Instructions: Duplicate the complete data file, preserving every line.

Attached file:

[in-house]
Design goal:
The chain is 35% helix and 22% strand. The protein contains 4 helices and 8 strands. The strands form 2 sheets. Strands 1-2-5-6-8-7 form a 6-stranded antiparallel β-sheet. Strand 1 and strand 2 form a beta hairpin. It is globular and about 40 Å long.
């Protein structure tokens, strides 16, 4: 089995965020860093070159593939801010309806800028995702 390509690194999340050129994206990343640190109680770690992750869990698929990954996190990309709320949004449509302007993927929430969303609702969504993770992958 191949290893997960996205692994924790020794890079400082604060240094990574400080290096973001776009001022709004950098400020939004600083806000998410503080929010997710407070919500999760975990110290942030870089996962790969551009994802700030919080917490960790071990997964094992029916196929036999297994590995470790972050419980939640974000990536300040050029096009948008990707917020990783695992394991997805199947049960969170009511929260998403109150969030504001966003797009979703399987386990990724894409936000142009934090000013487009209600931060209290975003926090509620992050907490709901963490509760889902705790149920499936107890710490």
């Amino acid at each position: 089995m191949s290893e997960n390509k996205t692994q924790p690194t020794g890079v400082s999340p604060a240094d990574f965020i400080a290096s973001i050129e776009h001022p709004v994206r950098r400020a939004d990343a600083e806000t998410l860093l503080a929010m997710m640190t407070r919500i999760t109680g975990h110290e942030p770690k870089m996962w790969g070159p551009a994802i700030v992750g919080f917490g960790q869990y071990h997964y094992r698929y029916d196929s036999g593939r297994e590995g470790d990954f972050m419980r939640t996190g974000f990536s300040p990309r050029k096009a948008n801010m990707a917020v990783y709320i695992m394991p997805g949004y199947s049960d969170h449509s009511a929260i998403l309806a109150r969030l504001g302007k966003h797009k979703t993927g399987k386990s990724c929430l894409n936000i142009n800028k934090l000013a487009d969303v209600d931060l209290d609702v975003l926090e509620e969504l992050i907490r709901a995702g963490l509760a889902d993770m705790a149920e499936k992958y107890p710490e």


[in-house]
Design goal:
The chain is 35% helix and 22% strand. The protein contains 4 helices and 8 strands. The strands form 2 sheets. Strands 1-2-5-6-8-7 form a 6-stranded antiparallel β-sheet. Strand 1 and strand 2 form a beta hairpin. It is globular and about 40 Å long.
């Protein structure tokens, strides 16, 4: 089995965020860093070159593939801010309806800028995702 390509690194999340050129994206990343640190109680770690992750869990698929990954996190990309709320949004449509302007993927929430969303609702969504993770992958 191949290893997960996205692994924790020794890079400082604060240094990574400080290096973001776009001022709004950098400020939004600083806000998410503080929010997710407070919500999760975990110290942030870089996962790969551009994802700030919080917490960790071990997964094992029916196929036999297994590995470790972050419980939640974000990536300040050029096009948008990707917020990783695992394991997805199947049960969170009511929260998403109150969030504001966003797009979703399987386990990724894409936000142009934090000013487009209600931060209290975003926090509620992050907490709901963490509760889902705790149920499936107890710490």
């Amino acid at each position: 089995m191949s290893e997960n390509k996205t692994q924790p690194t020794g890079v400082s999340p604060a240094d990574f965020i400080a290096s973001i050129e776009h001022p709004v994206r950098r400020a939004d990343a600083e806000t998410l860093l503080a929010m997710m640190t407070r919500i999760t109680g975990h110290e942030p770690k870089m996962w790969g070159p551009a994802i700030v992750g919080f917490g960790q869990y071990h997964y094992r698929y029916d196929s036999g593939r297994e590995g470790d990954f972050m419980r939640t996190g974000f990536s300040p990309r050029k096009a948008n801010m990707a917020v990783y709320i695992m394991p997805g949004y199947s049960d969170h449509s009511a929260i998403l309806a109150r969030l504001g302007k966003h797009k979703t993927g399987k386990s990724c929430l894409n936000i142009n800028k934090l000013a487009d969303v209600d931060l209290d609702v975003l926090e509620e969504l992050i907490r709901a995702g963490l509760a889902d993770m705790a149920e499936k992958y107890p710490e």